Your website is a DIRECT marketing exercise, rather than a BRAND marketing exercise. Remember this when planning your website strategy.
It is probably easiest to compare the web to television, radio or other offline media when explaining the difference between the two strategies.
Your objective with offline advertising is to get people interested enough in your product or service that when they next see it in the supermarket, (or when they are writing up their shopping list), they will purchase your particular product or service brand over all the others available.
Results from marketing from your website are much more immediate than with the desired outcome of offline marketing.
With website however, you have different objectives. You have the attention of people right now, this instant, there on their screen. So, you want to make sure that your website designer does everything possible to make them ACT NOW to contact you rather than putting it off until a more suitable time.
Your website is a direct response tool, and must be structured to get people to act immediately. Vaguely hoping for an outcome in the next few days when people come into your shop is not enough.
Your website is the easiest method of direct response advertising to measure. The phone will ring as a result of people reading your website or it won’t. Either they send an email, or they don’t. You can track responses either way, to determine what is and what isn’t working on your website.
To start thinking correctly about this, I suggest that you set a goal for each page of your website. It may be as simple as getting people to fill in a response form so that they can get more detail from you. Or it may be to pick up the phone and talk to you about getting their problem solved. Alternatively, it may be to subscribe to a free offer such as a newsletter, so that you can establish a relationship with them into the future.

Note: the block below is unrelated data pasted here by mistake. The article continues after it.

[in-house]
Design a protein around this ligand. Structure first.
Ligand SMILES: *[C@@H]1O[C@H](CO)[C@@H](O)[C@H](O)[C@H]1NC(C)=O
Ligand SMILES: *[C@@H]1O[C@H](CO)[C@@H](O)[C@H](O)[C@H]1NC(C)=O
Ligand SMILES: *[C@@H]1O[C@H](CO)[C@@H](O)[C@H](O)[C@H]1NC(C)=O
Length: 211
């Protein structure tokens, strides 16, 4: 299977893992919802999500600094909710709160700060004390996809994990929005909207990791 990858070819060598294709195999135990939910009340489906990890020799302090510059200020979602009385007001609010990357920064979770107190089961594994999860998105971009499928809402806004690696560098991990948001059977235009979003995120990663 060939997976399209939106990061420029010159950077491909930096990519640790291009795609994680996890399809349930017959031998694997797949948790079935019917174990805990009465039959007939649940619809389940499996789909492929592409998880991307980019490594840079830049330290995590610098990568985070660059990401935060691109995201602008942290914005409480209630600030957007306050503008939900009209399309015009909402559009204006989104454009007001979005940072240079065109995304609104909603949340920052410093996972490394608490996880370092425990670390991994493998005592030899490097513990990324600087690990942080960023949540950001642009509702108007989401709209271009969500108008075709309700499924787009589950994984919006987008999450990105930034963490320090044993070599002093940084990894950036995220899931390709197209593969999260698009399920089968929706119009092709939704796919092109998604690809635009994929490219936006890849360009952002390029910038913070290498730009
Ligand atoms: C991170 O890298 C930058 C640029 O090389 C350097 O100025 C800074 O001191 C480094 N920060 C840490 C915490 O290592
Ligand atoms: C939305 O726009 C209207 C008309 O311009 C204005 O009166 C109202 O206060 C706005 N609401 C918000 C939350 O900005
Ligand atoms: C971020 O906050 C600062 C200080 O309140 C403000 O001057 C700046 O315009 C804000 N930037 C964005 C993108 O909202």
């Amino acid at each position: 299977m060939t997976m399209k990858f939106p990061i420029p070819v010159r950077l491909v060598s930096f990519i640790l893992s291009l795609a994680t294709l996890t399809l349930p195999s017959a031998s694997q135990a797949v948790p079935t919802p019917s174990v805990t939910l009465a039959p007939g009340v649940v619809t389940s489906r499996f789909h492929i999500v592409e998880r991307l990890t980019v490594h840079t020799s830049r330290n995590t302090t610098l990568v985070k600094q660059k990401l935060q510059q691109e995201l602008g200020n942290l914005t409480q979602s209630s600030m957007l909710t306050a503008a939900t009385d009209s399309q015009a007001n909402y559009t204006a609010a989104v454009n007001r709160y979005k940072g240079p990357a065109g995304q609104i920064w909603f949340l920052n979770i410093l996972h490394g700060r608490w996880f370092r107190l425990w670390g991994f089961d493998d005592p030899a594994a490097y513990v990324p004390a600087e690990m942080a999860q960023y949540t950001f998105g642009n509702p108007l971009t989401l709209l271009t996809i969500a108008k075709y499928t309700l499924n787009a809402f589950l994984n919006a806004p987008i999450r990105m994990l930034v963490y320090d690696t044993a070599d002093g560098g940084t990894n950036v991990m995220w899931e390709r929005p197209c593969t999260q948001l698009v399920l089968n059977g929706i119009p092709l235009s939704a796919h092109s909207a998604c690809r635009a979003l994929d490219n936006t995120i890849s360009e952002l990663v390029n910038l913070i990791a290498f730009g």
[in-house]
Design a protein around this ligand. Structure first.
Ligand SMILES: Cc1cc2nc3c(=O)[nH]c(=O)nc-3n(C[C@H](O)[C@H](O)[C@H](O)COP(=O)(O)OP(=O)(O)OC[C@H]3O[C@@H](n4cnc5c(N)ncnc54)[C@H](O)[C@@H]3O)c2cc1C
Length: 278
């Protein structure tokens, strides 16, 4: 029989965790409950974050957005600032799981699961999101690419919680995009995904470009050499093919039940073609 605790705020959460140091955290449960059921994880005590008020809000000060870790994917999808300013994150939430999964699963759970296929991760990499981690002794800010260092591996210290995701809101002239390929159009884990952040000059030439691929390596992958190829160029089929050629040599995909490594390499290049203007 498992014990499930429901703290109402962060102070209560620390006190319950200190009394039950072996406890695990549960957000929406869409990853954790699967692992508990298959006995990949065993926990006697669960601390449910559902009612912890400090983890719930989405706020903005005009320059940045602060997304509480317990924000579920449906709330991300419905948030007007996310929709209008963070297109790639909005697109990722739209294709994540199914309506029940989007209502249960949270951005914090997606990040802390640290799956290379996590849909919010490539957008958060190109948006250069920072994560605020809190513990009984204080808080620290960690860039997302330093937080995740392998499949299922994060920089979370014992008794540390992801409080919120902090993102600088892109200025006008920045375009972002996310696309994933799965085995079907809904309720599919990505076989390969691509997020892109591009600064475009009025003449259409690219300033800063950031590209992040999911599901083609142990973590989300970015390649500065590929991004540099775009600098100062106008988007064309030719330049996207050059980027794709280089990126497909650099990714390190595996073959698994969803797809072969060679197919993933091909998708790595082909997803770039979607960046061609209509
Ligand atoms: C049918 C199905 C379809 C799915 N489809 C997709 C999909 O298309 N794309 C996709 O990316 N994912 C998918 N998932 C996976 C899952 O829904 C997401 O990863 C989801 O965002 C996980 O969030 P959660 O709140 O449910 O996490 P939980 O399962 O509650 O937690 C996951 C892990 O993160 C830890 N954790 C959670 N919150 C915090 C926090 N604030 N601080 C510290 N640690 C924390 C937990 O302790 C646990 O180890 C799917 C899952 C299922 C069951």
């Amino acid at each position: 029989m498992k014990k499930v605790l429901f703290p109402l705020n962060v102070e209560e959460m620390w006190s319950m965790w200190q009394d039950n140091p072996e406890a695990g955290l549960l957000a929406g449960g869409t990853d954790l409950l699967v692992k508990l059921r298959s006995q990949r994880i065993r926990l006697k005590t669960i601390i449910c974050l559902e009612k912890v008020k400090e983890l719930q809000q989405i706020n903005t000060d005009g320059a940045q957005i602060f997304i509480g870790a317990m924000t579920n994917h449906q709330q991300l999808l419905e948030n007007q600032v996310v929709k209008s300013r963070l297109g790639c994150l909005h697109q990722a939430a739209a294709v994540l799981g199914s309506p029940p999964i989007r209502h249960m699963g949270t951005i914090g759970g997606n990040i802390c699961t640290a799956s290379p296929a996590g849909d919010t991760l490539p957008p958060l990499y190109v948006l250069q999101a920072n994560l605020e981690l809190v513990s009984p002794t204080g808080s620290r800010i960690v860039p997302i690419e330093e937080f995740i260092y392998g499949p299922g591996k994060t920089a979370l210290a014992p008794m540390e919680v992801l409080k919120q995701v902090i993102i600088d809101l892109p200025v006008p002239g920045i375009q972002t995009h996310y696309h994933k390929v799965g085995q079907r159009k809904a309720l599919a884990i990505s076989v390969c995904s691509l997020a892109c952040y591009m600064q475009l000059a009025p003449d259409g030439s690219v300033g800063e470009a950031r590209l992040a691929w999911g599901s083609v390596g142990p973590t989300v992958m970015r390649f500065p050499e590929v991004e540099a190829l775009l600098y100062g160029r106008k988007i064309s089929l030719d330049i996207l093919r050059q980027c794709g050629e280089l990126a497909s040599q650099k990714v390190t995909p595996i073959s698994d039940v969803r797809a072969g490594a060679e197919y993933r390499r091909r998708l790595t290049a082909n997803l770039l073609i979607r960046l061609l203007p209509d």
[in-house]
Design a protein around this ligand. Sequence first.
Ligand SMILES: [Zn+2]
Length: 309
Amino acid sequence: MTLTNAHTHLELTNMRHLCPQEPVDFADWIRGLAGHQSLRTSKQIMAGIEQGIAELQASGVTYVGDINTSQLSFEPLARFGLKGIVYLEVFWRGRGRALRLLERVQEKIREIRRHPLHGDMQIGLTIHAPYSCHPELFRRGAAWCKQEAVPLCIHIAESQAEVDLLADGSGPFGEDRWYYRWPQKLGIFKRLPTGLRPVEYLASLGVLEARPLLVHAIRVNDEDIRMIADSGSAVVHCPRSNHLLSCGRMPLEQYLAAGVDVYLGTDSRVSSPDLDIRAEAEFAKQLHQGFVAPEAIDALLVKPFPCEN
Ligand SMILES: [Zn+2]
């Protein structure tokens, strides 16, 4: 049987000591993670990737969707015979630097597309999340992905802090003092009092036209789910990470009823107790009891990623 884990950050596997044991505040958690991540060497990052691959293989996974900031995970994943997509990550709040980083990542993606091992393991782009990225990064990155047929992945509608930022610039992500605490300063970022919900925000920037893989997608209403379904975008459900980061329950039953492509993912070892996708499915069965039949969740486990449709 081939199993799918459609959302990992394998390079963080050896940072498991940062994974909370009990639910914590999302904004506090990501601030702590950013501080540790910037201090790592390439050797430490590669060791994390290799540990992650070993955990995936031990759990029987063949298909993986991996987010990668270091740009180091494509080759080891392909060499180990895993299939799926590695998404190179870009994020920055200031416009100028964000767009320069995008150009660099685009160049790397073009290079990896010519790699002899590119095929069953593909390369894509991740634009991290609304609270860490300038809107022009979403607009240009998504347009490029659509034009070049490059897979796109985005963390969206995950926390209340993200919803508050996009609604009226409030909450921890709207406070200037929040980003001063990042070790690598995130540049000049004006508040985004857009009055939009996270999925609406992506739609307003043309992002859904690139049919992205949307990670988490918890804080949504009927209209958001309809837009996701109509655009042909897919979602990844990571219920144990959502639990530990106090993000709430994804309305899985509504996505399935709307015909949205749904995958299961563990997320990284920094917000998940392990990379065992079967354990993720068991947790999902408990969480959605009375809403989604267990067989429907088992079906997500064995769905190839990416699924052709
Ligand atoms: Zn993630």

Whatever it is, having a clear goal BEFORE you start with web design so you know where you are headed is of crucial importance.
Rather than simply producing a website because you feel you need on, be more focussed on getting a result from your website. This will help you to think about the process in the correct way.
Some of your prospects, when they hit your website, will be well down the track of their research and will be ready to act straight away and make a purchase. They will see a perfect fit between the solution you are offering and the problem they have and they will respond right away. So when setting the objectives for the website, remember the different stages in the buying cycle that your prospects may be at.
There will be other buyers who aren’t ready just yet to buy. They need to learn more about the service, and the pricing and to do some research to gain more confidence about what’s on offer. Once they have that they will be assured that your particular solution is the one that they want.
These prospects are called your warm prospects and your site must cater for them as well or they will slip away. This may at first, sound at odds to what I said before in that they must respond immediately.Thought they aren’t ready to buy jet yet, there is no reason why they can’t respond right now and take up an offer that will enable you to establish a relationship with them.
Get the best of both worlds that the Internet offers you. You can establish relationships with those buyers who are interested but not quite ready to act, and you can interact with those who are ready to act immediately in a diredct response-style fashion.
The main thing is that you must plan for this. Think like a direct response marketer and make sure your website supports your goal.
Good website design is an imperative subject for any successful business. You must ensure your website designer has a good understanding of marketing conventions. To learn further ways to market your business, be sure to visit Jerry Crockford’s website at Brisbane Marketing Services.